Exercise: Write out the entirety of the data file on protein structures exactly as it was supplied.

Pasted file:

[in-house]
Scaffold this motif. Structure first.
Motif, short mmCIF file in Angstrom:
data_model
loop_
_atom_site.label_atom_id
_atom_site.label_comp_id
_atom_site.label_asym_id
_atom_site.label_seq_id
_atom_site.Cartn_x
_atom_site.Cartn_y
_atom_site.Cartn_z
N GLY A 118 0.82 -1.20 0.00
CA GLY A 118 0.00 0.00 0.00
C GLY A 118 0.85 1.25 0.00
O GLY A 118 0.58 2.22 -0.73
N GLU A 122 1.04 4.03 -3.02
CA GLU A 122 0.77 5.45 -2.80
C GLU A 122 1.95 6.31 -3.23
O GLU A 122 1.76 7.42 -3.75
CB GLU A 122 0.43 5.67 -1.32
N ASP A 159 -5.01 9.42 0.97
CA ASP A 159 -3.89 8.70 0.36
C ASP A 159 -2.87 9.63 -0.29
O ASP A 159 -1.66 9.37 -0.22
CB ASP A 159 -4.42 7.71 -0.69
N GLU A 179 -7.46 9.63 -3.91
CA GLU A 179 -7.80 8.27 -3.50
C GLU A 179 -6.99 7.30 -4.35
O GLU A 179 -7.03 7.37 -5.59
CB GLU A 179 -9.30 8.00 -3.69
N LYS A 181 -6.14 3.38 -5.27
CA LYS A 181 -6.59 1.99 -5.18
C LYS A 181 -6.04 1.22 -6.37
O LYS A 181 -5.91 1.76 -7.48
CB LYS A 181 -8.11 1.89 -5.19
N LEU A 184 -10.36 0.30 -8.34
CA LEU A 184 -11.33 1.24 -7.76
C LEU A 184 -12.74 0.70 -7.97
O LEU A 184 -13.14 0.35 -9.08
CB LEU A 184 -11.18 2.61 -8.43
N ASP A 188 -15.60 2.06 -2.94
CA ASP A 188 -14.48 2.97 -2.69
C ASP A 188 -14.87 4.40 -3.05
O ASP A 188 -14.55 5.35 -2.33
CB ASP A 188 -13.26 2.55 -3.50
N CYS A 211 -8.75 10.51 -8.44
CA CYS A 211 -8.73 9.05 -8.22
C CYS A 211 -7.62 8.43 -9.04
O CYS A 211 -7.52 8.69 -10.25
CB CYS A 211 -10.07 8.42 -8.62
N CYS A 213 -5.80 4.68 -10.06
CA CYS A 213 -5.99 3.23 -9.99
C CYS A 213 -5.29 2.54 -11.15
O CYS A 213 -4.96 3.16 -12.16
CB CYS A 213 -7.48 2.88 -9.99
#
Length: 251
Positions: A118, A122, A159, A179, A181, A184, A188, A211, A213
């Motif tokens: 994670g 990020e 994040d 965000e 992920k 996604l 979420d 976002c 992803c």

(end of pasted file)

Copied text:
[in-house]
Scaffold this motif. Structure first.
Motif, short mmCIF file in Angstrom:
data_model
loop_
_atom_site.label_atom_id
_atom_site.label_comp_id
_atom_site.label_asym_id
_atom_site.label_seq_id
_atom_site.Cartn_x
_atom_site.Cartn_y
_atom_site.Cartn_z
N GLY A 118 0.82 -1.20 0.00
CA GLY A 118 0.00 0.00 0.00
C GLY A 118 0.85 1.25 0.00
O GLY A 118 0.58 2.22 -0.73
N GLU A 122 1.04 4.03 -3.02
CA GLU A 122 0.77 5.45 -2.80
C GLU A 122 1.95 6.31 -3.23
O GLU A 122 1.76 7.42 -3.75
CB GLU A 122 0.43 5.67 -1.32
N ASP A 159 -5.01 9.42 0.97
CA ASP A 159 -3.89 8.70 0.36
C ASP A 159 -2.87 9.63 -0.29
O ASP A 159 -1.66 9.37 -0.22
CB ASP A 159 -4.42 7.71 -0.69
N GLU A 179 -7.46 9.63 -3.91
CA GLU A 179 -7.80 8.27 -3.50
C GLU A 179 -6.99 7.30 -4.35
O GLU A 179 -7.03 7.37 -5.59
CB GLU A 179 -9.30 8.00 -3.69
N LYS A 181 -6.14 3.38 -5.27
CA LYS A 181 -6.59 1.99 -5.18
C LYS A 181 -6.04 1.22 -6.37
O LYS A 181 -5.91 1.76 -7.48
CB LYS A 181 -8.11 1.89 -5.19
N LEU A 184 -10.36 0.30 -8.34
CA LEU A 184 -11.33 1.24 -7.76
C LEU A 184 -12.74 0.70 -7.97
O LEU A 184 -13.14 0.35 -9.08
CB LEU A 184 -11.18 2.61 -8.43
N ASP A 188 -15.60 2.06 -2.94
CA ASP A 188 -14.48 2.97 -2.69
C ASP A 188 -14.87 4.40 -3.05
O ASP A 188 -14.55 5.35 -2.33
CB ASP A 188 -13.26 2.55 -3.50
N CYS A 211 -8.75 10.51 -8.44
CA CYS A 211 -8.73 9.05 -8.22
C CYS A 211 -7.62 8.43 -9.04
O CYS A 211 -7.52 8.69 -10.25
CB CYS A 211 -10.07 8.42 -8.62
N CYS A 213 -5.80 4.68 -10.06
CA CYS A 213 -5.99 3.23 -9.99
C CYS A 213 -5.29 2.54 -11.15
O CYS A 213 -4.96 3.16 -12.16
CB CYS A 213 -7.48 2.88 -9.99
#
Length: 251
Positions: A118, A122, A159, A179, A181, A184, A188, A211, A213
């Motif tokens: 994670g 990020e 994040d 965000e 992920k 996604l 979420d 976002c 992803c």